Scientists Can't Explain What Caused These Mysterious Seismic Waves To Travel Around The World

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Scientists have been left somewhat bemused by seismic waves traveling around the world, because no one is completely sure what caused them.

As reported by National Geographic, these waves were detected on November 11 by sensors around the world. Believed to have originated near the French island of Mayotte between Madagascar and Africa, they were detected in Zambia and Kenya, and then made their way to Canada, Chile, New Zealand, and even Hawaii.

Despite the waves lasting for 20 minutes, no person felt them. Instead, their presence was spotted on a real-time seismogram from the US Geological Survey. And scientists were immediately confused as to what was causing them.

“I don't think I've seen anything like it,” Göran Ekström from Columbia University told National Geographic. “It doesn't mean that, in the end, the cause of them is that exotic.”

These waves were thought to be particularly slow and low frequency, pulsating every 17 seconds during the course of the event. Exactly what caused them, however, is a bit of a mystery – although there are some ideas.

The French Geological Survey (BRGM), who are investigating the event, say it could have been the result of new volcanic activity off the coast of Mayotte. It’s also possible that an earthquake triggered the rumblings, or perhaps some sort of eruption in the water.

“According to one analysis, this movement could be due to the emptying of a magma reservoir nearby, although additional research would be needed to verify this,” noted Science Alert.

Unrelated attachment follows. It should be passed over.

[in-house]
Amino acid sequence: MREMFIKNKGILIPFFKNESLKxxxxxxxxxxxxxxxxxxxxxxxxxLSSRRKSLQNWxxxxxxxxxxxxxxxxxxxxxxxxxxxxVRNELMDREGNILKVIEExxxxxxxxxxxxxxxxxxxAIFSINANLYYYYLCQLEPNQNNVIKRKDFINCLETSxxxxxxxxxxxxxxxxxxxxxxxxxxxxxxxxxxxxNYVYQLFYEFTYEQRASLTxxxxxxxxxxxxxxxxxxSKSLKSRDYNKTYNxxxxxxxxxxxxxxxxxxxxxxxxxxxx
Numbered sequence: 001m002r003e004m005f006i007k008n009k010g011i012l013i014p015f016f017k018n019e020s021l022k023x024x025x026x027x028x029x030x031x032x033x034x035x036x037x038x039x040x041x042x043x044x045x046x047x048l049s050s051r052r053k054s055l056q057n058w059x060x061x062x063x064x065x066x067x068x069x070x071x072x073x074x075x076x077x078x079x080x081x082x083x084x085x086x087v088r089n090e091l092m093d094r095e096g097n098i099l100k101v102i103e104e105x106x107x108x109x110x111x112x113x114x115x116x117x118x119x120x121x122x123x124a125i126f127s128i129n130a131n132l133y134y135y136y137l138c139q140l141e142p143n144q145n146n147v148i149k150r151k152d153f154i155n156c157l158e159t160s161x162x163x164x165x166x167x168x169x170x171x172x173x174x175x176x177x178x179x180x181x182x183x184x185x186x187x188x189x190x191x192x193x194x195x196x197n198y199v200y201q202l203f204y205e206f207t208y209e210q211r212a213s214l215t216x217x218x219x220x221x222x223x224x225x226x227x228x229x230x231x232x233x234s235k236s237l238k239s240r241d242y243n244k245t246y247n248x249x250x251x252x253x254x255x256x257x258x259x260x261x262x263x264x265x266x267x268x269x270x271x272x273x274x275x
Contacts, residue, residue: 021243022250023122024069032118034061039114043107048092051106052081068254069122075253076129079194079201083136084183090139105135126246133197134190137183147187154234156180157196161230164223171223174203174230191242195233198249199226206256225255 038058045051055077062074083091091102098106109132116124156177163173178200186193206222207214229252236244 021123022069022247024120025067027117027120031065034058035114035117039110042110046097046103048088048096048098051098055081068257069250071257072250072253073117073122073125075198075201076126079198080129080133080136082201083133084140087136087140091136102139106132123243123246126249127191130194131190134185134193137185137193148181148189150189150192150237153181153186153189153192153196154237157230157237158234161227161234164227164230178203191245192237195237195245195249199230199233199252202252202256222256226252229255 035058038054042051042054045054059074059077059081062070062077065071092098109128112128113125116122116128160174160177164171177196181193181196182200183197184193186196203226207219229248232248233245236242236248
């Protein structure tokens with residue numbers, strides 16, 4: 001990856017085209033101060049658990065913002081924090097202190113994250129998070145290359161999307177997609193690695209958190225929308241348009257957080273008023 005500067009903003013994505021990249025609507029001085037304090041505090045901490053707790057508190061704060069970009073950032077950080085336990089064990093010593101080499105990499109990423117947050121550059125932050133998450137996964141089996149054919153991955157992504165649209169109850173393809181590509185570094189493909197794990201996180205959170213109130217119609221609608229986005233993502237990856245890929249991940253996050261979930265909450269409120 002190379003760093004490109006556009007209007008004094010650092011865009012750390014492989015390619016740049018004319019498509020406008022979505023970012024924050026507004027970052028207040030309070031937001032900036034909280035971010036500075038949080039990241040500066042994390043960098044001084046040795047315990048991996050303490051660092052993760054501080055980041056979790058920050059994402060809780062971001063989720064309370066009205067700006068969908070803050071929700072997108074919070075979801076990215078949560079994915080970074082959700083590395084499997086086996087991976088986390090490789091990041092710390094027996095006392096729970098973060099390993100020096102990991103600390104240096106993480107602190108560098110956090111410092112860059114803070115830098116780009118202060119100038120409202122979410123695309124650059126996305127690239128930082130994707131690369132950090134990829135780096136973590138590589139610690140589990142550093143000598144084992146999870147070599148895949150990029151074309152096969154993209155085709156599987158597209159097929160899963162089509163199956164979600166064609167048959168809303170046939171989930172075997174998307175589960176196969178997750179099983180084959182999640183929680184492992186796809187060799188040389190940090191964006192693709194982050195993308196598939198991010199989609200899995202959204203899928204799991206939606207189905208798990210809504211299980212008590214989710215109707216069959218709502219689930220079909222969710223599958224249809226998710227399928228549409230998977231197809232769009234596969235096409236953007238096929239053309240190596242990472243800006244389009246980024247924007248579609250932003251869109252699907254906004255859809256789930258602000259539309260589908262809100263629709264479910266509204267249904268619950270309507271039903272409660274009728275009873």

Interestingly, half a year before this event scientists had detected a swarm of earthquakes off the east coast of Mayotte, which had continued up to this latest event and have been causing the island to move very slightly. But this didn’t appear to have the same characteristics as a regular earthquake.

“These observations therefore back up the hypothesis of a combination of tectonic and volcanic effects accounting for a geological phenomenon involving a seismic sequence and a volcanic phenomenon,” the BRGM said in a post.

Upcoming surveys are planned to try to get to the bottom of the event, while scientists are continuing to pore through the seismic data that’s available. Of course, there’s always the possibility this was a mistake in the detections, too. We’ll just have to wait to find out.

[H/T: National Geographic]

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